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How Airlines Prepare for Heavy Weather Like Winter Storm Nemo

As the Northeast braces for Winter Storm Nemo, airlines are already employing a strategy that has served them well: Cancel flights early and keep planes, crews and passengers away from snowed-in airports. Here's what else the airlines are doing.

Markets Cautious Ahead of Debt Ceiling Vote

Stock markets traded cautiously on Wednesday ahead of a U.S. vote on raising the nation's borrowing limit temporarily. The House is set to vote on a motion to increase the nation's $16.4 trillion borrowing ceiling for three months.

Germany Is Bringing Home the Gold: 1,950 Tons of It

A German newspaper reports the country's central bank will repatriate parts of its massive gold reserves worth about $200 billion at current market rates from storage sites in the United States and in France.

Boehner Caves, Agrees to Hurricane Sandy Aid Vote on Friday

Under intense pressure from angry Republicans, House Speaker John Boehner agreed late Wednesday to a vote this week on aid for Superstorm Sandy recovery. He will schedule a vote Friday for $9 billion for the national flood insurance program and another on Jan. 15 for another $51 billion in aid.

Oil Prices Rise as Fiscal Cliff Recession Fears Recede

The price of oil jumped by more than a dollar on Wednesday, to above $93 a barrel, after U.S. lawmakers passed legislation to avoid a fiscal cliff that could have pushed the world's biggest economy into recession, and reduced global demand for energy.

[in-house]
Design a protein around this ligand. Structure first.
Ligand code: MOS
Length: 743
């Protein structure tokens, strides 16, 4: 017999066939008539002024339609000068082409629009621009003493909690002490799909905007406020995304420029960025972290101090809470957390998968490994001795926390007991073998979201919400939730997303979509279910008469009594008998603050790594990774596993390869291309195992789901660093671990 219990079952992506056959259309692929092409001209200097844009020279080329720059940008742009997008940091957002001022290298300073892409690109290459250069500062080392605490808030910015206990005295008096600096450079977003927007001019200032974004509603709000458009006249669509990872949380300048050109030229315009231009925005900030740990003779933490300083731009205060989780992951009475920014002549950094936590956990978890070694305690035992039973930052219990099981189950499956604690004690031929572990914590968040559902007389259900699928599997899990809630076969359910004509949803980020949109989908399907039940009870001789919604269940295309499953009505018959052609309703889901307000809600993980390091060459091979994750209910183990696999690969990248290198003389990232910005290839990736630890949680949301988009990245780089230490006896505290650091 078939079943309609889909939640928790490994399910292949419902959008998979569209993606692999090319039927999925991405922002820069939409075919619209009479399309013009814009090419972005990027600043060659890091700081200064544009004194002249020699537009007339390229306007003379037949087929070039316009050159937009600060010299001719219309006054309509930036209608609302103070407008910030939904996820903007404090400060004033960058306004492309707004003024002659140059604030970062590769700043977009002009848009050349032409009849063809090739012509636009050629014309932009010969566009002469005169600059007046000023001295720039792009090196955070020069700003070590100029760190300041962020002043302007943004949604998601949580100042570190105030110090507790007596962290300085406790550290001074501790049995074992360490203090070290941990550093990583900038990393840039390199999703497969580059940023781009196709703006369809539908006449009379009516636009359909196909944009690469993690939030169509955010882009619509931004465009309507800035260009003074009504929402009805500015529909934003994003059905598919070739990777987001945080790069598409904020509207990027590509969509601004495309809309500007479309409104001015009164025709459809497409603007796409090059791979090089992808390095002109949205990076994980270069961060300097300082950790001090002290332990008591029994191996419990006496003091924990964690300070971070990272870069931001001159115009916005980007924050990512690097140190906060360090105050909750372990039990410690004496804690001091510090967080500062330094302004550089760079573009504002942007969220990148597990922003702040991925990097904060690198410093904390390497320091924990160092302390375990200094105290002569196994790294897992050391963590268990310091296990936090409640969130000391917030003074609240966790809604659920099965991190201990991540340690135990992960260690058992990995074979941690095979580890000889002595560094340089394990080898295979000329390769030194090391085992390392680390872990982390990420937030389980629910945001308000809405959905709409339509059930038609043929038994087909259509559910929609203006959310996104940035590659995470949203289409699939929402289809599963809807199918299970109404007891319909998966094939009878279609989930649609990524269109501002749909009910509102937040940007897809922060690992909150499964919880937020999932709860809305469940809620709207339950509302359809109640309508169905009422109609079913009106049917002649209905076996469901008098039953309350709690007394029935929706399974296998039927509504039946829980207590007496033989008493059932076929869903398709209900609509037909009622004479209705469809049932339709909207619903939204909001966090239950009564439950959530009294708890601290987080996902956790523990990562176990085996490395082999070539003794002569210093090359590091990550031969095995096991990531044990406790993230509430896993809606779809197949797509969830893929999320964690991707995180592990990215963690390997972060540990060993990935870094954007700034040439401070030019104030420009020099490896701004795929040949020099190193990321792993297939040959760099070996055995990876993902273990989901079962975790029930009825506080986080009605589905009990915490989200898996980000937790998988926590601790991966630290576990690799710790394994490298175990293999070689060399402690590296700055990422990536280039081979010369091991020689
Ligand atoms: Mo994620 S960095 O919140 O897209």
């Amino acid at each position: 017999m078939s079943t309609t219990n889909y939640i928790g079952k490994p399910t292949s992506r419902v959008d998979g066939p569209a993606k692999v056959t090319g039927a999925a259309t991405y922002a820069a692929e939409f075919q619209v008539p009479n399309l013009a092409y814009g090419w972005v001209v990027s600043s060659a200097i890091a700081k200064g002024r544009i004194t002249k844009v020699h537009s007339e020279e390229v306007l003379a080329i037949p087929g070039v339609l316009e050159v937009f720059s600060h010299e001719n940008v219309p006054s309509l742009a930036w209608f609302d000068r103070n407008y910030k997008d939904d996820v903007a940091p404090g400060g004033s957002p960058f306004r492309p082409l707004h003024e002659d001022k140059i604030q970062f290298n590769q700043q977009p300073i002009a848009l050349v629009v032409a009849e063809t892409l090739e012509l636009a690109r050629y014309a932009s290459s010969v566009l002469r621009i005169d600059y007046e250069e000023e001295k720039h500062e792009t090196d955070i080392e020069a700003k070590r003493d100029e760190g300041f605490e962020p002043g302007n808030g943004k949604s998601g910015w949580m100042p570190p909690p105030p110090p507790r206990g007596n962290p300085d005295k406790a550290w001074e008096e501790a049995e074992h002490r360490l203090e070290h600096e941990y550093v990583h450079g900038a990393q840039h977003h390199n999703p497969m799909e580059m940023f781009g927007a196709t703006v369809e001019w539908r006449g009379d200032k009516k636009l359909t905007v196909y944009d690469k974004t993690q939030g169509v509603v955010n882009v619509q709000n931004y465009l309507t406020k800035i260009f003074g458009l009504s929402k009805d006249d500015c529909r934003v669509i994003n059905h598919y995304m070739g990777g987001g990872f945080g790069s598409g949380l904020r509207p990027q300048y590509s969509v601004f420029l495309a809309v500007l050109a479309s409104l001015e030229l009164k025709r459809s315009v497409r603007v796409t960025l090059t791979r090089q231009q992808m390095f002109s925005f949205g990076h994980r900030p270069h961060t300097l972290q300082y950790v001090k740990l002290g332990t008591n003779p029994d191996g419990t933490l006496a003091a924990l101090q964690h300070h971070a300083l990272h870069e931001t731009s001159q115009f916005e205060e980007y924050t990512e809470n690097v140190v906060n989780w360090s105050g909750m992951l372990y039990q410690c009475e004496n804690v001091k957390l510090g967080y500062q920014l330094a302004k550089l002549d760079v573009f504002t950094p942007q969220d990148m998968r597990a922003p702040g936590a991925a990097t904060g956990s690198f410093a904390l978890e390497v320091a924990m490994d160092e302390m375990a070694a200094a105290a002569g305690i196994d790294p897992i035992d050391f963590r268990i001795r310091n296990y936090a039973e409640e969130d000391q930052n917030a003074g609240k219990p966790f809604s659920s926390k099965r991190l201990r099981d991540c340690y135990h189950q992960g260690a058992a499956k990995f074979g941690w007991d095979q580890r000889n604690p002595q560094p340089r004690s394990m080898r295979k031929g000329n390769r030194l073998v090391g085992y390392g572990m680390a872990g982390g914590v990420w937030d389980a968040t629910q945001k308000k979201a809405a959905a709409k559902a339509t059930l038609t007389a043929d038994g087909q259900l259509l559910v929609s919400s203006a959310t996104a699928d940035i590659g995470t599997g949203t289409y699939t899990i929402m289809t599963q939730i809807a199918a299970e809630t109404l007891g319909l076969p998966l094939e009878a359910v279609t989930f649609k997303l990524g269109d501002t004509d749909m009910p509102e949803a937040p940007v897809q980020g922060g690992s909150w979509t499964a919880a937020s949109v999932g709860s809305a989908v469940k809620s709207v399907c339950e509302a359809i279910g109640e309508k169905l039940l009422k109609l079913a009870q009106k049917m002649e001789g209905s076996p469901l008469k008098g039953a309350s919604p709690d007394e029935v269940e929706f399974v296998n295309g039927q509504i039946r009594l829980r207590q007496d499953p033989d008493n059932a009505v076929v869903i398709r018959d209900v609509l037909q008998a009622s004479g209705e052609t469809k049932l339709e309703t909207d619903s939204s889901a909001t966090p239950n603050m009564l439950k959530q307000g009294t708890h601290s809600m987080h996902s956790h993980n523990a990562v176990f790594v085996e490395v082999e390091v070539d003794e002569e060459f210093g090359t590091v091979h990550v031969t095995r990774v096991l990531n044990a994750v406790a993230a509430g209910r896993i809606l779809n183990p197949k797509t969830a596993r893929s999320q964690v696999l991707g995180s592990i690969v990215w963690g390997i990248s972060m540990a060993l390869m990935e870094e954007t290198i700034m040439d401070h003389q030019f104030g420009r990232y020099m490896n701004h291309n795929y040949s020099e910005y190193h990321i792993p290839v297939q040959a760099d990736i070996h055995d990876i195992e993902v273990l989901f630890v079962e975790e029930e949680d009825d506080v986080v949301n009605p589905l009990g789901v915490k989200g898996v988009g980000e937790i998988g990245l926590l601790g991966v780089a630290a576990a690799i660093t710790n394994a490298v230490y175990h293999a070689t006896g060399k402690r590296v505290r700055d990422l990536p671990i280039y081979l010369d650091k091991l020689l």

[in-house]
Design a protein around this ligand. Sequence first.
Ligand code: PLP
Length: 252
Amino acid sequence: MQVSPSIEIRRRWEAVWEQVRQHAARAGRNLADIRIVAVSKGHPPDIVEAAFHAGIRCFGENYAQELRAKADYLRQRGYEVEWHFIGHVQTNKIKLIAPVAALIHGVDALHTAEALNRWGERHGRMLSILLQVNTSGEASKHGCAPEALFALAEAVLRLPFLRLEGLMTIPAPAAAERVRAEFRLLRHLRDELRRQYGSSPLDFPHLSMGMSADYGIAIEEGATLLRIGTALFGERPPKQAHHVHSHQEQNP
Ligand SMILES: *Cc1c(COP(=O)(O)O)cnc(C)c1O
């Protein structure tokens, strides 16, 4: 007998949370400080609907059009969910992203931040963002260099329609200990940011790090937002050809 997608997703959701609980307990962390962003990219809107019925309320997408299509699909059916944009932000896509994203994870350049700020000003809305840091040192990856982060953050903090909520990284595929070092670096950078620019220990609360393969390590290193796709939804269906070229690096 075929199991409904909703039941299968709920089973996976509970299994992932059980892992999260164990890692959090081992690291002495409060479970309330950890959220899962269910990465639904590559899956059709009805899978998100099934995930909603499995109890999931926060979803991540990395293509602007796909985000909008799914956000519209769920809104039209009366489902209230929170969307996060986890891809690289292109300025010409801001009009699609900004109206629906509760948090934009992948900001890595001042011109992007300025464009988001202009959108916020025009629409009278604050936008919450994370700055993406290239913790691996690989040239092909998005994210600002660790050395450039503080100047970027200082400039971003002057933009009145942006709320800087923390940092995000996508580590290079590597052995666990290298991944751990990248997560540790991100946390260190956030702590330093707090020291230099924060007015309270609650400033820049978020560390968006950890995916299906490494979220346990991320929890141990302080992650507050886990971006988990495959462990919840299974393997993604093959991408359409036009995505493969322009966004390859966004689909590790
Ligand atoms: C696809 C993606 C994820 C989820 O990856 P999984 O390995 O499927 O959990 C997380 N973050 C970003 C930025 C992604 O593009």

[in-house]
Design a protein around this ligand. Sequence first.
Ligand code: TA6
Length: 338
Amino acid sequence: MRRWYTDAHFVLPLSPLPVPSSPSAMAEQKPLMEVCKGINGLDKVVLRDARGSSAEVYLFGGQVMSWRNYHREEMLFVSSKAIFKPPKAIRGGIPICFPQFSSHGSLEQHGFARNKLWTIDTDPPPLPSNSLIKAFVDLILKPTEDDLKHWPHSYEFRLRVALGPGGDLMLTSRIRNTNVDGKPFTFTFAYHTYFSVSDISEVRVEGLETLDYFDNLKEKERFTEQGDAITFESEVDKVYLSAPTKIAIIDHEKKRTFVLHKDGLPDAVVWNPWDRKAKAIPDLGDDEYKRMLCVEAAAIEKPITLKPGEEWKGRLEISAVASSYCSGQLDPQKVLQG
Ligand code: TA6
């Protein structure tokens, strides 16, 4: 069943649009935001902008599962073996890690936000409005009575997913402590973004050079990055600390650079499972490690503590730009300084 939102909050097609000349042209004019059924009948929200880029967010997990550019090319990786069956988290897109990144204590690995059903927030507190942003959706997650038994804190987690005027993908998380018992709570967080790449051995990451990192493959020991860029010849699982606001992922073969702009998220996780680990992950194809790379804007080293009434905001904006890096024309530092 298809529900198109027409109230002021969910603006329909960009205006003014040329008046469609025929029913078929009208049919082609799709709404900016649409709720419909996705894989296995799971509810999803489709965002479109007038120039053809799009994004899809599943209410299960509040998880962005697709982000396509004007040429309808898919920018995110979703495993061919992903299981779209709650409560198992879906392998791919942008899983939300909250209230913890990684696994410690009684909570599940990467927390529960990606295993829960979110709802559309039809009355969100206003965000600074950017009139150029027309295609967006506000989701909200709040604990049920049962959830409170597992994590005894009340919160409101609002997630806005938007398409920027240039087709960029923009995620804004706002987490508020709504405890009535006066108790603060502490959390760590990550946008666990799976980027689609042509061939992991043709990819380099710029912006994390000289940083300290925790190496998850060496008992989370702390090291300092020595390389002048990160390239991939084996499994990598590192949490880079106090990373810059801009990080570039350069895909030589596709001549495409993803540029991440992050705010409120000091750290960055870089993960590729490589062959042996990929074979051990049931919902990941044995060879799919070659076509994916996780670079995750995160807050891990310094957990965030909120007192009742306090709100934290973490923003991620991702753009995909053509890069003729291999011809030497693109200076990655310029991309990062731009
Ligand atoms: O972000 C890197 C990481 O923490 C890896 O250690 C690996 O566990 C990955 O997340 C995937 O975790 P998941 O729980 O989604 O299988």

Top 10 Business Stories of 2012

This would be the year when the global economy finally regained its vigor. At least that's what many had hoped. It didn't happen. So what were the top ten business stories of 2012?

Should New Yorkers Get a Break on Their Federal Income Taxes?

To bring the federal deficit down, taxes must go up on the rich. But "rich" means very different things in different parts of the country. You need not pity the poor Wall Streeter just scraping by on $1 million -- but average New Yorkers really are getting disproportionately slammed by the tax man.

The Weirdest Things Your Taxes Pay For

Sen. Tom Coburn has released his Wastebook 2012, a look at over $18 billion in projects that are bizarre and hard to justify. Admittedly, that's just a drop in the federal budget. But ... Thoreau-based video games? Robot squirrels?! Take a peek at our gallery of weird government expenditures.

Avon to Cut 1,500 Jobs; CEO Says Layoff Will Stabilize Company

Struggling beauty products seller Avon said late Tuesday it will cut about 1,500 jobs and exit the South Korea and Vietnam markets. The job cuts amount to almost 4 percent of its workforce and are one of the first major moves by CEO Sheri McCoy, who in April replaced longtime CEO Andrea Jung.

Delta Air Lines Buys 49 Percent Stake in Virgin Atlantic

Delta Air Lines said it will buy almost half of Virgin Atlantic for $360 million as it seeks a bigger share of the lucrative New York-to-London travel market. Landing rights at London's Heathrow Airport are limited, and the deal is a way for Delta to expand its foothold there.

Stock Futures Moving Higher as Budget Talks Proceed

U.S. stock futures are moving higher on optimism over a deal on the U.S. budget ahead of a high-level meeting between the Treasury chief and Senate leaders, as well as improving unemployment and economic growth numbers.

The Best U.S. Cities for Retirees

When choosing where to retire, there are lots of factors to consider beyond fun in the sun. Good health care, cost of living, low crime rates, and a host of cultural aspects come into play. So where should you set your sights? Kiplinger and the Martin Prosperity Institute pick out some winners.